Lateral Flow Assay
While rapid assay methods have made a major impact on a variety of diagnostic testing over the last twenty years only a handful of development can make the claim to have taken testing out of the laboratory.
One that can, and is in widespread use as a result, is the lateral flow immunoassay test, also known as the immunochromatography assay, or strip test. Like many of the best ideas, lateral flow immunoassays take clever and sophisticated technology and turn it into something so simple to operate that almost anyone can use it.
The basic technology that underlies lateral flow immunoassays was first described in the 1960s, but the first real commercial application was Unipath’s Clearview home pregnancy test launched in 1988. Since then, this technology has been employed to develop a wide and ever-growing range of assays for clinical, veterinary, agricultural, food industry, bio-defence and environmental applications.
Strip assays are extremely versatile and are available for an enormous range of analytes from blood proteins to mycotoxins and from viral pathogens to bacterial toxins. Assays has even been developed for wine producers to assess the amount of botrytis rot in newly harvested grapes as well as for use in the clinical lab identifying cardiac markers. This shows the vast range that this technology can be applied too.
Lateral flow immunoassays are essentially immunoassays adapted to operate along a single axis to suit the test strip format. There are a number of variations of the technology that have been developed into commercial products one being Vertical Flow Technology, but they all operate using the same basic principle.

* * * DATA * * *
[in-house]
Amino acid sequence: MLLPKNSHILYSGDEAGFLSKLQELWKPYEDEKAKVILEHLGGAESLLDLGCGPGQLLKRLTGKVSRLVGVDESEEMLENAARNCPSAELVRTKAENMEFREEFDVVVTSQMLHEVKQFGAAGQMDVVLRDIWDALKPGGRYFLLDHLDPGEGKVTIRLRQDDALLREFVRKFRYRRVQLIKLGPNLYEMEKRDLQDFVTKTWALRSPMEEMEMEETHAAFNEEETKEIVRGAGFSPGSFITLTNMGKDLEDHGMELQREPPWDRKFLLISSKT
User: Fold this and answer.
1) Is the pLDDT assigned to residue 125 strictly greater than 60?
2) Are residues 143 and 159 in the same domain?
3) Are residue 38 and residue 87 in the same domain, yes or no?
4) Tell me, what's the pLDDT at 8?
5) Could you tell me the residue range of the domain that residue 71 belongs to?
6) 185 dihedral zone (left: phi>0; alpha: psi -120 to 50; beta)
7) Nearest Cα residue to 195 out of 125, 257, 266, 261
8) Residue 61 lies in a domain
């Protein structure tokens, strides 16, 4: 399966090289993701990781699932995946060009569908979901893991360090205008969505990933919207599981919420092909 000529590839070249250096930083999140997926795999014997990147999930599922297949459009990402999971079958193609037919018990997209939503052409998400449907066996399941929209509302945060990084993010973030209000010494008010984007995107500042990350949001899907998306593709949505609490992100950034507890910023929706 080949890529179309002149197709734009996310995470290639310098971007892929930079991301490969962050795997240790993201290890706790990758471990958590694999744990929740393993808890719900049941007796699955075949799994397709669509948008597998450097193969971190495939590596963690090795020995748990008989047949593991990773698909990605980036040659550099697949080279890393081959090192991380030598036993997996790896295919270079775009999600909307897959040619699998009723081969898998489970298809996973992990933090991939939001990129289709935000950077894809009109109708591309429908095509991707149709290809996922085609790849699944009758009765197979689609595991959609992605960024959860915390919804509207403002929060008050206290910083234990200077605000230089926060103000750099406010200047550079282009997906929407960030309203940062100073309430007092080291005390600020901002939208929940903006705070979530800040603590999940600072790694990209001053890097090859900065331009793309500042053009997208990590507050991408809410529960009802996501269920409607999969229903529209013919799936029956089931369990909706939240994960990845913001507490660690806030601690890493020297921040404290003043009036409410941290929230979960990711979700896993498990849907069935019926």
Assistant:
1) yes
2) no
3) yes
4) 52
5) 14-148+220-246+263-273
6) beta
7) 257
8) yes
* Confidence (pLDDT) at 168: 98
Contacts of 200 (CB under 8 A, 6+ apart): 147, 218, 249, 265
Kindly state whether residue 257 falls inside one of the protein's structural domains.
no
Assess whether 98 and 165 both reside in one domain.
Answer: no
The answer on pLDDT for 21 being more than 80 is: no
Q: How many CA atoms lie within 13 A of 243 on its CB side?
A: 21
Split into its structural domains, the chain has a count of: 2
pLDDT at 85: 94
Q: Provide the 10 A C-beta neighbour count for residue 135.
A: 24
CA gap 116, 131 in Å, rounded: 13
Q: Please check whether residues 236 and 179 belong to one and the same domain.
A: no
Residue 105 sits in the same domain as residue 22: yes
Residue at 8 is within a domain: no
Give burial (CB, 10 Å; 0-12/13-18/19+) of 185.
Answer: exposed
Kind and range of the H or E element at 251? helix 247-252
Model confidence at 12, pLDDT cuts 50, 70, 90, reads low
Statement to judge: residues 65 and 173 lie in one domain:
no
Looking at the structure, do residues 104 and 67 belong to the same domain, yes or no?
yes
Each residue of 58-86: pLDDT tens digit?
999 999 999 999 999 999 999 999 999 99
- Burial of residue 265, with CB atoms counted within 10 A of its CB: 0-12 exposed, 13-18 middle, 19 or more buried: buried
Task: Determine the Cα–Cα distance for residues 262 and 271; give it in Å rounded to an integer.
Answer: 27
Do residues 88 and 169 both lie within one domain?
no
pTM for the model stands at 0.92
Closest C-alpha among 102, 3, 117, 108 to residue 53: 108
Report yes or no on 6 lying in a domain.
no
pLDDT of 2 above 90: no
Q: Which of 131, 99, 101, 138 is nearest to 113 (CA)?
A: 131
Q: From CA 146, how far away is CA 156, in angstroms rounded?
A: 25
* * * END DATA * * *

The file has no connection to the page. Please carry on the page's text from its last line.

Figure 1. Advantages of lateral flow assays.
How Does a Lateral Flow Assay Work?
A typical lateral flow rapid test strip consist of the following components:
Sample pad - an adsorbent pad onto which the test sample is applied.
Conjugate or reagent pad – this contains antibodies specific to the target analyte conjugated to coloured particles (usually colloidal gold nanoparticles, or latex microspheres).
Reaction membrane – typically a nitrocellulose or cellulose acetate membrane onto which anti-target analyte antibodies are immobilized in a line that crosses the membrane to act as a capture zone or test line (a control zone will also be present, containing antibodies specific for the conjugate antibodies).
Wick or waste reservoir – a further absorbent pad designed to draw the sample across the reaction membrane by capillary action and collect it.
The components of the strip are usually fixed to an inert backing material and may be presented in a simple dipstick format or within a plastic casing with a sample port and reaction window showing the capture and control zones.
Figure 2. Principle of lateral flow assay.
Cytodiagnostics manufactures a full product line of gold nanoparticles (colloidal gold) for use in a variety of lateral flow assays. Our diverse product line of different type of nanoparticles offers you products with a narrow size distribution (CV of less than 12%), exceptional adsorption and conjugation properties and with greater than 95% spherical particles. In addition, our batch to batch variability is extremely low (+/- 2nm), which assures that you our customer will always end up with a product within the specified size range that you ordered.
The high shape uniformity of our colloidal gold will minimize the variability within your assay by e.g. allowing control over the available surface area while absorbing or covalently conjugating proteins to our gold nanoparticles. It will also ensure a more uniform flow rate across your membrane for improved reproducibility and overall results.